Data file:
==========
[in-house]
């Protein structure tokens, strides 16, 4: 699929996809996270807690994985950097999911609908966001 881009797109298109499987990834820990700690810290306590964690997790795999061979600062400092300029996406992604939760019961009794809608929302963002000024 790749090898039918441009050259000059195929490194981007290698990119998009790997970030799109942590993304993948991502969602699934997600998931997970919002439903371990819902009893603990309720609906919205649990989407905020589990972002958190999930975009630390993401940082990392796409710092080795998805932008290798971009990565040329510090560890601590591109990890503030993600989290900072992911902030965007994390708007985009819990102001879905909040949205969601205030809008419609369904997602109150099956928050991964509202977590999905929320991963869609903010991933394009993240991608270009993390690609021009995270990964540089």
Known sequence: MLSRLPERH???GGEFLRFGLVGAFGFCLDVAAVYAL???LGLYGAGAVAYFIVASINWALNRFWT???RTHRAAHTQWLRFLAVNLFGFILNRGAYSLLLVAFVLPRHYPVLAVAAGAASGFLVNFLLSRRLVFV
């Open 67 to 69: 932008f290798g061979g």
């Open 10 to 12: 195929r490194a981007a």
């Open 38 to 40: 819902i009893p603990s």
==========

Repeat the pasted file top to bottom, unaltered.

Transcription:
[in-house]
């Protein structure tokens, strides 16, 4: 699929996809996270807690994985950097999911609908966001 881009797109298109499987990834820990700690810290306590964690997790795999061979600062400092300029996406992604939760019961009794809608929302963002000024 790749090898039918441009050259000059195929490194981007290698990119998009790997970030799109942590993304993948991502969602699934997600998931997970919002439903371990819902009893603990309720609906919205649990989407905020589990972002958190999930975009630390993401940082990392796409710092080795998805932008290798971009990565040329510090560890601590591109990890503030993600989290900072992911902030965007994390708007985009819990102001879905909040949205969601205030809008419609369904997602109150099956928050991964509202977590999905929320991963869609903010991933394009993240991608270009993390690609021009995270990964540089």
Known sequence: MLSRLPERH???GGEFLRFGLVGAFGFCLDVAAVYAL???LGLYGAGAVAYFIVASINWALNRFWT???RTHRAAHTQWLRFLAVNLFGFILNRGAYSLLLVAFVLPRHYPVLAVAAGAASGFLVNFLLSRRLVFV
């Open 67 to 69: 932008f290798g061979g």
């Open 10 to 12: 195929r490194a981007a």
């Open 38 to 40: 819902i009893p603990s």